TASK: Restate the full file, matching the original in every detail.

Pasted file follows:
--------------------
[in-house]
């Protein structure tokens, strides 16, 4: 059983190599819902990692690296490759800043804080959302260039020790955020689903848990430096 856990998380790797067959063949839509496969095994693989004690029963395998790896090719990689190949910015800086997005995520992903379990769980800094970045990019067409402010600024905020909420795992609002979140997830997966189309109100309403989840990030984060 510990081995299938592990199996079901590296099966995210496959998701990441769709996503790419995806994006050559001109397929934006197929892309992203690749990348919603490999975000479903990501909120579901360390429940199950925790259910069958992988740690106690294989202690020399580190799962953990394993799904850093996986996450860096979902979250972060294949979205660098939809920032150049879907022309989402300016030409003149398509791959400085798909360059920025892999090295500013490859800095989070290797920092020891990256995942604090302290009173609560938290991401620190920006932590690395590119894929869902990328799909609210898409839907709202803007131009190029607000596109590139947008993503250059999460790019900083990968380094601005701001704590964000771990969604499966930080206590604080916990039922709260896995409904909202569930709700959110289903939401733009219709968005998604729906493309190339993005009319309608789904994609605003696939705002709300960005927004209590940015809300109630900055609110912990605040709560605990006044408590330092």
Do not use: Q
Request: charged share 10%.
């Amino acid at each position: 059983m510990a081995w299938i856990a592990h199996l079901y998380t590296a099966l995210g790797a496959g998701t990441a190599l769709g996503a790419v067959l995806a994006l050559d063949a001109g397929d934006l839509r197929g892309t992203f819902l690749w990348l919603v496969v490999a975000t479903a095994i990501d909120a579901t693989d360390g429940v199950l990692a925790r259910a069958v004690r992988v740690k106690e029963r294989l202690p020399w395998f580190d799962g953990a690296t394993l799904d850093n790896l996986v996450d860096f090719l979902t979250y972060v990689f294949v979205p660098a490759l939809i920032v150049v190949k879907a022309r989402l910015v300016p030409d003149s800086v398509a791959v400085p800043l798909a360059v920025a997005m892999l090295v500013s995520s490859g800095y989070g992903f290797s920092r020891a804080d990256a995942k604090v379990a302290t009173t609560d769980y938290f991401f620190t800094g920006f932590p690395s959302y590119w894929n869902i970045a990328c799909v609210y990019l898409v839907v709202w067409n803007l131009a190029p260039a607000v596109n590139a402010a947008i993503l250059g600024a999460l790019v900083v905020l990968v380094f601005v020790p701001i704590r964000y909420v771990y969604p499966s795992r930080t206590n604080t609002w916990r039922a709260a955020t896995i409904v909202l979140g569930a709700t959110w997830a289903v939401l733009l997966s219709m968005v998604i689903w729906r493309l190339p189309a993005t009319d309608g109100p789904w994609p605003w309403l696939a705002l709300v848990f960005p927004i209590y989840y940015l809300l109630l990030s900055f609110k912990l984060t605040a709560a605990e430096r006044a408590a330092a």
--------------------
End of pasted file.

[in-house]
């Protein structure tokens, strides 16, 4: 059983190599819902990692690296490759800043804080959302260039020790955020689903848990430096 856990998380790797067959063949839509496969095994693989004690029963395998790896090719990689190949910015800086997005995520992903379990769980800094970045990019067409402010600024905020909420795992609002979140997830997966189309109100309403989840990030984060 510990081995299938592990199996079901590296099966995210496959998701990441769709996503790419995806994006050559001109397929934006197929892309992203690749990348919603490999975000479903990501909120579901360390429940199950925790259910069958992988740690106690294989202690020399580190799962953990394993799904850093996986996450860096979902979250972060294949979205660098939809920032150049879907022309989402300016030409003149398509791959400085798909360059920025892999090295500013490859800095989070290797920092020891990256995942604090302290009173609560938290991401620190920006932590690395590119894929869902990328799909609210898409839907709202803007131009190029607000596109590139947008993503250059999460790019900083990968380094601005701001704590964000771990969604499966930080206590604080916990039922709260896995409904909202569930709700959110289903939401733009219709968005998604729906493309190339993005009319309608789904994609605003696939705002709300960005927004209590940015809300109630900055609110912990605040709560605990006044408590330092």
Do not use: Q
Request: charged share 10%.
């Amino acid at each position: 059983m510990a081995w299938i856990a592990h199996l079901y998380t590296a099966l995210g790797a496959g998701t990441a190599l769709g996503a790419v067959l995806a994006l050559d063949a001109g397929d934006l839509r197929g892309t992203f819902l690749w990348l919603v496969v490999a975000t479903a095994i990501d909120a579901t693989d360390g429940v199950l990692a925790r259910a069958v004690r992988v740690k106690e029963r294989l202690p020399w395998f580190d799962g953990a690296t394993l799904d850093n790896l996986v996450d860096f090719l979902t979250y972060v990689f294949v979205p660098a490759l939809i920032v150049v190949k879907a022309r989402l910015v300016p030409d003149s800086v398509a791959v400085p800043l798909a360059v920025a997005m892999l090295v500013s995520s490859g800095y989070g992903f290797s920092r020891a804080d990256a995942k604090v379990a302290t009173t609560d769980y938290f991401f620190t800094g920006f932590p690395s959302y590119w894929n869902i970045a990328c799909v609210y990019l898409v839907v709202w067409n803007l131009a190029p260039a607000v596109n590139a402010a947008i993503l250059g600024a999460l790019v900083v905020l990968v380094f601005v020790p701001i704590r964000y909420v771990y969604p499966s795992r930080t206590n604080t609002w916990r039922a709260a955020t896995i409904v909202l979140g569930a709700t959110w997830a289903v939401l733009l997966s219709m968005v998604i689903w729906r493309l190339p189309a993005t009319d309608g109100p789904w994609p605003w309403l696939a705002l709300v848990f960005p927004i209590y989840y940015l809300l109630l990030s900055f609110k912990l984060t605040a709560a605990e430096r006044a408590a330092a």